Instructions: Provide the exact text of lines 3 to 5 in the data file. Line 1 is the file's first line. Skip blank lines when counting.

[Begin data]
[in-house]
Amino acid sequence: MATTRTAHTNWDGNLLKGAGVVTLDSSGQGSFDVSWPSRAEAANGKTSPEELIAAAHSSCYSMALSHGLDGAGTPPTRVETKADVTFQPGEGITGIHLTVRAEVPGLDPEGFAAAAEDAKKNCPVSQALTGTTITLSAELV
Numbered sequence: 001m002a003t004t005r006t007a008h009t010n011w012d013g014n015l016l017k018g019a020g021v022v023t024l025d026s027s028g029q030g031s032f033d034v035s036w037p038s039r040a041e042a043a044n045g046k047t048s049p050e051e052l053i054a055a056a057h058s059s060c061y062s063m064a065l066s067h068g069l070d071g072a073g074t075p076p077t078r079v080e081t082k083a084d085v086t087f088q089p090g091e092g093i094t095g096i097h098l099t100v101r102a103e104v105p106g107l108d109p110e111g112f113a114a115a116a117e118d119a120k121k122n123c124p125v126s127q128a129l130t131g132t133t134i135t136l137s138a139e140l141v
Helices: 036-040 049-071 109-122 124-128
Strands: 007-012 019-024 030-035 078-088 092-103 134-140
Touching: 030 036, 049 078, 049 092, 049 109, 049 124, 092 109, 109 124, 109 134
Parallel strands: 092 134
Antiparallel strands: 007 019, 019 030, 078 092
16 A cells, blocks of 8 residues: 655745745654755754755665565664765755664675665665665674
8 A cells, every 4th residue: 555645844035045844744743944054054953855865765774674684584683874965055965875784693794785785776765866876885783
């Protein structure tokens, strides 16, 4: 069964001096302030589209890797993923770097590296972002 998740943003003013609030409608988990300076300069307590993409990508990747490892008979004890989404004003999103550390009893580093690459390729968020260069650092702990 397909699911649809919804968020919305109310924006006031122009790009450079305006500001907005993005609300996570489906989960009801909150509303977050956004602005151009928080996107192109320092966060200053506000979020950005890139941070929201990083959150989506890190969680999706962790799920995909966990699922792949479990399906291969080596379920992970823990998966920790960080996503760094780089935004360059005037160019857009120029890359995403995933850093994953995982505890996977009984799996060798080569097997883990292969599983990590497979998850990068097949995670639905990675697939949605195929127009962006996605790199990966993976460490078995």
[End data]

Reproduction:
Numbered sequence: 001m002a003t004t005r006t007a008h009t010n011w012d013g014n015l016l017k018g019a020g021v022v023t024l025d026s027s028g029q030g031s032f033d034v035s036w037p038s039r040a041e042a043a044n045g046k047t048s049p050e051e052l053i054a055a056a057h058s059s060c061y062s063m064a065l066s067h068g069l070d071g072a073g074t075p076p077t078r079v080e081t082k083a084d085v086t087f088q089p090g091e092g093i094t095g096i097h098l099t100v101r102a103e104v105p106g107l108d109p110e111g112f113a114a115a116a117e118d119a120k121k122n123c124p125v126s127q128a129l130t131g132t133t134i135t136l137s138a139e140l141v
Helices: 036-040 049-071 109-122 124-128
Strands: 007-012 019-024 030-035 078-088 092-103 134-140